Being a debut author is somewhat like being a debut mother. During my pregnancy, the OB medical staff called me “Mrs. Chow.” The moment I went into labor, the OB and pediatric staff started calling me “mom.” Suddenly, I lost my name and became identified, not as an individual but by my role. My sense of purpose expanded, but so did my sense of responsibility. I had to stretch rapidly to accommodate this new role while trying not to tear. The process has been joyful, stressful, and unpredictable.
As a debut author, I feel a similar sense of heightened joy, stress, purpose, and responsibility. The first time I got a candid email from a teen reader, I felt a strange cocktail of honor and anxiety. I always wanted my book to touch people in a deep place, but when that actually happened, I felt intimidated by my own success. Because my book features Chinese-Americans, people expect me to be a spokesperson for my ethnic group. This especially became the case after the publication of Battle Hymn of the Tiger Mother. That’s a lot of pressure for someone who doesn’t proclaim to be an expert. Because I wrote literary fiction, as opposed to genre fiction, people also expect me to be articulate and profound 24-7. People have approached me during book signings, asking me to write something “profound” on their book. They seemed to expect that I should exhale vapors of insight and sweat pearls of wisdom every moment of the day. The person they saw seemed so much cleverer and wiser than the person I knew myself to be. Before the publication of Bitter Melon, I wanted to succeed for myself. Now that I have an agent, publisher, and publicist on Team Bitter Melon, I push myself even harder because I want them to be successful too because they deserve it.
What's one thing you want readers to take away when they read Bitter Melon?
Frances’s and Gracie’s behaviors may be difficult to understand at first glance, but as readers read further, the economic, cultural, and psychological factors influencing their attitudes and actions become clearer. People’s behaviors are the result of powerful external factors, as well as free will choice, and it is important to keep that in mind as we perceive others.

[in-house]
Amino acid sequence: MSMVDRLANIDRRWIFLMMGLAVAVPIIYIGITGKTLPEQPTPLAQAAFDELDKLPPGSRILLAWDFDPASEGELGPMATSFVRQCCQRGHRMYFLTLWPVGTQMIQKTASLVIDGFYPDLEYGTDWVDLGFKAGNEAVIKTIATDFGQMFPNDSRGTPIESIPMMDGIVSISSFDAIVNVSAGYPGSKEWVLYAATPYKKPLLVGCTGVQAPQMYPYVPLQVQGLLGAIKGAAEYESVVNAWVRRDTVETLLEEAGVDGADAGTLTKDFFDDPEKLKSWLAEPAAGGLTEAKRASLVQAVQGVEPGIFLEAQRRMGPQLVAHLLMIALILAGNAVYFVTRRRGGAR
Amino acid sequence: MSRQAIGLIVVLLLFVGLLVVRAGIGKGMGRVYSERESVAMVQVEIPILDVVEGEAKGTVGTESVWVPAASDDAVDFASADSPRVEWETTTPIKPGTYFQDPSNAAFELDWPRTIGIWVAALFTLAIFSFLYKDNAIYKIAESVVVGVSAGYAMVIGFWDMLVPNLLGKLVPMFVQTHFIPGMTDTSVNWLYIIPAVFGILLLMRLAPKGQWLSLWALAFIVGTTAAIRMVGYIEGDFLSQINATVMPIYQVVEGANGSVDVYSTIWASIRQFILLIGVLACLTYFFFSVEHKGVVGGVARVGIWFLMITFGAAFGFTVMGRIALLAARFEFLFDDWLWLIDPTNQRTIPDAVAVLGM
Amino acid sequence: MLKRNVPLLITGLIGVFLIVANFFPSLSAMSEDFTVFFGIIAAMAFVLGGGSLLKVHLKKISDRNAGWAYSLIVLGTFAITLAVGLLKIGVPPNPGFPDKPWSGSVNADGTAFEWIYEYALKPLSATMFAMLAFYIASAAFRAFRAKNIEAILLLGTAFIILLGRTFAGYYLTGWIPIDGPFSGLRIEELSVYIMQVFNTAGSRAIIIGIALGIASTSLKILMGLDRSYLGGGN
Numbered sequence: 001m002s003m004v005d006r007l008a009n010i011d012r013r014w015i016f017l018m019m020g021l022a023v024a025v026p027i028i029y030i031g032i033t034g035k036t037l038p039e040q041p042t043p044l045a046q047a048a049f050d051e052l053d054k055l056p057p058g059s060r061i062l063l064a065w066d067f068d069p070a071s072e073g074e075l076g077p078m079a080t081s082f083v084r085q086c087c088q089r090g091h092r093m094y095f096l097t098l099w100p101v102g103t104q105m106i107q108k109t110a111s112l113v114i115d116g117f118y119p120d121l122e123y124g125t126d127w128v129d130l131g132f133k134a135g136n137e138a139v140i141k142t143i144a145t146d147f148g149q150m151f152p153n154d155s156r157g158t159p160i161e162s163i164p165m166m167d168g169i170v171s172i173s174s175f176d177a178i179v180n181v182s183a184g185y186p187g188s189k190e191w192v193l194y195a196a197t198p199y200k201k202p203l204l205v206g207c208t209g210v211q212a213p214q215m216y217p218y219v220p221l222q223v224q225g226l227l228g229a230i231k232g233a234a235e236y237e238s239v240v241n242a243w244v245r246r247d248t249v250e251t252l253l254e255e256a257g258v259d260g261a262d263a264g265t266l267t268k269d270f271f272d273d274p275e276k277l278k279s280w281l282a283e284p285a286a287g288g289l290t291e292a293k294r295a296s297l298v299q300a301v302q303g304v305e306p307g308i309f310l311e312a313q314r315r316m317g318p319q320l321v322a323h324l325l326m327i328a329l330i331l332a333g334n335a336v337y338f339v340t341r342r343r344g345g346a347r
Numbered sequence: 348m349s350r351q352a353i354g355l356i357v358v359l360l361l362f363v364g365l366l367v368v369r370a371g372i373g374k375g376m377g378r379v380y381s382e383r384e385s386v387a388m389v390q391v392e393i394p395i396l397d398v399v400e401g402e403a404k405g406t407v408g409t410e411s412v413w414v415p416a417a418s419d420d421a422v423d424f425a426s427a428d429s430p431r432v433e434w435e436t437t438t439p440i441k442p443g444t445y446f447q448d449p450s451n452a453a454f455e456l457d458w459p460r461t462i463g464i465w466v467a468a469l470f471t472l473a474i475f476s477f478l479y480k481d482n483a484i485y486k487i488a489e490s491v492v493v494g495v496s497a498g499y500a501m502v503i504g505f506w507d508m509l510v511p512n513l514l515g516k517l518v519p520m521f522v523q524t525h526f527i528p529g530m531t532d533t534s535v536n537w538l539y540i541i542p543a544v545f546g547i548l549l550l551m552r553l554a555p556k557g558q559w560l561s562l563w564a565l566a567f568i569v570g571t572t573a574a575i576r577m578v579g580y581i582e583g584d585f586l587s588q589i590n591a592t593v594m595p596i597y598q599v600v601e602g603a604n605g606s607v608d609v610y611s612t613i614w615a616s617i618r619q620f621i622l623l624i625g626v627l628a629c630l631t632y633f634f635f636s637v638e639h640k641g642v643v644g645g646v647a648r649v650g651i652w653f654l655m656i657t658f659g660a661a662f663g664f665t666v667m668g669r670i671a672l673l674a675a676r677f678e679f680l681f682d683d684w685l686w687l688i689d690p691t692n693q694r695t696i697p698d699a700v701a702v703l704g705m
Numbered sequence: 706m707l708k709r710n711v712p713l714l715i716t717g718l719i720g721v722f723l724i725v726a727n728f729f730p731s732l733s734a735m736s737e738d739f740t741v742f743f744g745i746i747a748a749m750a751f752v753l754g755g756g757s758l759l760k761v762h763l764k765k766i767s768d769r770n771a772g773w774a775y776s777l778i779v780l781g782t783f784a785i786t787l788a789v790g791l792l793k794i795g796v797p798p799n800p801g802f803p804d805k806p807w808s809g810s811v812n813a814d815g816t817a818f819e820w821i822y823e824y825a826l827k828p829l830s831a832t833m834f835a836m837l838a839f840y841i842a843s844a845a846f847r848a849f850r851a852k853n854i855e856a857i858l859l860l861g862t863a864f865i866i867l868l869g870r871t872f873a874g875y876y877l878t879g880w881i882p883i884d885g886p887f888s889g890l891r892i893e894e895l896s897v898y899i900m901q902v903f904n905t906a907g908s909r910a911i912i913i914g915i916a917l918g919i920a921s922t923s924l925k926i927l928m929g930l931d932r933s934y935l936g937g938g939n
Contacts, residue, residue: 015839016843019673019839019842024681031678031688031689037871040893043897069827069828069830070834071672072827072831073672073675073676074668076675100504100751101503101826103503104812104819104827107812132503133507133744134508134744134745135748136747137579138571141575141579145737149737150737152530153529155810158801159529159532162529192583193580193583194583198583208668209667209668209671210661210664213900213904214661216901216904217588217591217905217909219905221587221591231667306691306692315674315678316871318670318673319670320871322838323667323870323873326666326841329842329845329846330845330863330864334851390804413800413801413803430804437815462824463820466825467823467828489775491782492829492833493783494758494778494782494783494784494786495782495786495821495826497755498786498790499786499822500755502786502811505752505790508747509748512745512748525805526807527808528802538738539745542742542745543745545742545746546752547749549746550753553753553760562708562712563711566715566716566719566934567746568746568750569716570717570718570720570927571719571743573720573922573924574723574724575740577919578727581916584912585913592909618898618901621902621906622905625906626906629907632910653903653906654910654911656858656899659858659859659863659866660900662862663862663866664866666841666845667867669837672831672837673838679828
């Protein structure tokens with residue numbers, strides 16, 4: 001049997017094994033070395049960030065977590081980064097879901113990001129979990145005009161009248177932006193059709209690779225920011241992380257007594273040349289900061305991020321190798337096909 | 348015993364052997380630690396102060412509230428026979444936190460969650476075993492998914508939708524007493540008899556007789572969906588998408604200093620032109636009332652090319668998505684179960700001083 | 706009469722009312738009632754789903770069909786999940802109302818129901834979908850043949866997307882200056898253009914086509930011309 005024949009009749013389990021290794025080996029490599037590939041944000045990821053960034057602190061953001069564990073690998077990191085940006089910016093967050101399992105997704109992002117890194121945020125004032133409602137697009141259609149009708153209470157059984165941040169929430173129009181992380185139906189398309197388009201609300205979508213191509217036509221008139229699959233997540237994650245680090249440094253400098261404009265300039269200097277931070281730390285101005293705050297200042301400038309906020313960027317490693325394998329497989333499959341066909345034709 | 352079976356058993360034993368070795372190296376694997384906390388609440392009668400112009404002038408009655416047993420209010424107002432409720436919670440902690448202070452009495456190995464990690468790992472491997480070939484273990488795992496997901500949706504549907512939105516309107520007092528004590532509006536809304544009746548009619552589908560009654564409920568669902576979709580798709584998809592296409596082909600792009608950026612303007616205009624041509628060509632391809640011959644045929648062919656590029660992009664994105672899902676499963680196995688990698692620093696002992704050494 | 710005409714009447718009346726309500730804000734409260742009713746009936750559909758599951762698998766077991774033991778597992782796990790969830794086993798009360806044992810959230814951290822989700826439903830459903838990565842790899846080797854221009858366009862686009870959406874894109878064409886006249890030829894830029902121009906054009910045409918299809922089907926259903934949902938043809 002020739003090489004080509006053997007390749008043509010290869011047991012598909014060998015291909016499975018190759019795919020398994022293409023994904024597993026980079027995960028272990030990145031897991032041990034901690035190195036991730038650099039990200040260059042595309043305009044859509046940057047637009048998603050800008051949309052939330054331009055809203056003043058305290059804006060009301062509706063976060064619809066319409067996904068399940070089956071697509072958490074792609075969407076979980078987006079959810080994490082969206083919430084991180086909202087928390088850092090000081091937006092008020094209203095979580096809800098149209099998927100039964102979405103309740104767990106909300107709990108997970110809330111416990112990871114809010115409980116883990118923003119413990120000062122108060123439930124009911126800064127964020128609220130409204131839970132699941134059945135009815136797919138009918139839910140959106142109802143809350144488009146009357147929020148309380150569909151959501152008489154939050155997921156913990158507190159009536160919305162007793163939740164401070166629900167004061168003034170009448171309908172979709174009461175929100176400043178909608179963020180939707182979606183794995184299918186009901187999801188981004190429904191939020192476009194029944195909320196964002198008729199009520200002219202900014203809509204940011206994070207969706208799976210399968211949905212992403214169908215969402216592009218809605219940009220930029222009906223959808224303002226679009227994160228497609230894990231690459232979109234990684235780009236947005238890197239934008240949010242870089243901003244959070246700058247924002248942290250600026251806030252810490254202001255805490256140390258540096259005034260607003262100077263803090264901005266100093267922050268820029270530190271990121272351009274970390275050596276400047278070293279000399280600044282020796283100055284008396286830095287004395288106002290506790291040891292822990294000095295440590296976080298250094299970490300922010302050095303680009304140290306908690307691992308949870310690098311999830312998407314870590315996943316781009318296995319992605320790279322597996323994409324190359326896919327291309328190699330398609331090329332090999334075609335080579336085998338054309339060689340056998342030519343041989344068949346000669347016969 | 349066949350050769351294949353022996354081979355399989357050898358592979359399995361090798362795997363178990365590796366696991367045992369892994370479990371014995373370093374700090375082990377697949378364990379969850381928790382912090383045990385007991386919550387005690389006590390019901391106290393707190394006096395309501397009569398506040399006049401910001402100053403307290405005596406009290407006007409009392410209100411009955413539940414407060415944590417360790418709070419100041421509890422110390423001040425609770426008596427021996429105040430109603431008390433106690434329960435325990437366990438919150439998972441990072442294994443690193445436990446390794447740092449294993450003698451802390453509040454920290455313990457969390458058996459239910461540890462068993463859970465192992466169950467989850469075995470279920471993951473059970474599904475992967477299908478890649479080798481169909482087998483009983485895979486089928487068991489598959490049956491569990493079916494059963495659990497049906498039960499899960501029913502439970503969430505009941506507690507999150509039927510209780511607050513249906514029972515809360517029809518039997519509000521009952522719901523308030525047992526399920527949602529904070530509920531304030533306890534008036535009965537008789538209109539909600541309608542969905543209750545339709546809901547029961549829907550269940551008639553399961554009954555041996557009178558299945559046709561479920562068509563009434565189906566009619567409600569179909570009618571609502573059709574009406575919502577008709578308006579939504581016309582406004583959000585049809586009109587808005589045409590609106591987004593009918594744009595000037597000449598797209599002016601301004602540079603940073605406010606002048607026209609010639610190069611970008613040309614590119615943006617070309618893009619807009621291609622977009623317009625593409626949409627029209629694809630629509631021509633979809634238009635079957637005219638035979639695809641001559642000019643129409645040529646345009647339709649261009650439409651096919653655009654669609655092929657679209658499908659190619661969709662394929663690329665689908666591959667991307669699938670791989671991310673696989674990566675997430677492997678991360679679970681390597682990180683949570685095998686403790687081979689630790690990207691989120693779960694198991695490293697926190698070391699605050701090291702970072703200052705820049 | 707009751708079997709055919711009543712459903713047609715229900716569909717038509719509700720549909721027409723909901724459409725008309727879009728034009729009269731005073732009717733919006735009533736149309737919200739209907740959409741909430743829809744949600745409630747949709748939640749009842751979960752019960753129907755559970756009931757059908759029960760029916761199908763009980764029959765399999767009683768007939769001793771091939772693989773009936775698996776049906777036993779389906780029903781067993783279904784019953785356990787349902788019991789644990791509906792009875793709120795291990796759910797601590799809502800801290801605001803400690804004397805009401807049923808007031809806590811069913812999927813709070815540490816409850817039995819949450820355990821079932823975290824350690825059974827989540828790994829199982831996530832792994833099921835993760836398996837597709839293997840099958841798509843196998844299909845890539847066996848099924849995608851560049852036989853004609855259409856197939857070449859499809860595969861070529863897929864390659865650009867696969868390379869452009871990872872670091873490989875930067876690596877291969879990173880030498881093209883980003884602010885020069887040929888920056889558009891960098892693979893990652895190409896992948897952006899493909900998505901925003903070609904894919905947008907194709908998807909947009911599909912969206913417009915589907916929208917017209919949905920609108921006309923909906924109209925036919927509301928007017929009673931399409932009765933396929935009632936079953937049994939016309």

Do you ever base any of your characters or situations in your novels on people or experiences you've had?Yes, of course! Our own lives are the richest source of information and inspiration we have. Who else can tell our stories better?
I’m not the best person to be consulting for cool music right now. I used to listen to the radio in the car (I live in the LA area, so I spent a lot of time in the car). I had a CD collection at home. I also worked at a physical therapy office that played music all day in the background. Now that I am home with my son, I no longer work at the physical therapy clinic, I spend very little time in the car, and due to our home remodel, most of my CDs are in boxes in the garage. These days the only songs I ever hear are songs for small children.
You're walking down the street - what song is following you?
Twinkle twinkle little star . . . (I sing it with a little more RB flavor.)
You've been given two golden concert tickets to see any band/singer from any decade. The only catch is you have to take a character from Bitter Melon with you. Who are you taking and who are you two going to go see?
I think I’d take Nellie with me to go see Madonna or Lady Gaga. I think she’d have a really good time there, jumping up and down and whistling in her hot pink, jaguar print jogging suit. On the way home, I bet she’d sing all the songs loudly and get the words wrong. Then I’d invite her to the opera or symphony.
Is there any genre you don't see yourself ever writing?
Ironically, several drafts into the writing of Bitter Melon, I was talked into adding a romance to the plot. In fact, one of the ways I entice readers to buy the book is by telling them that there is a forbidden romance in it. At the rate I’m going, my second book could be the Asian-American Jane Eyre!
Have you experienced any 'rock star' writing moments?
Alas, Bitter Melon has no wizards or vampires, so the paparazzi are not waiting outside my front door, and I am able to shop at Target unaccosted. I do get touching fan mail and nice reviews though, so I am quite happy with my thimble of fame!
Wanna know more about Cara Chow? Check out her website here!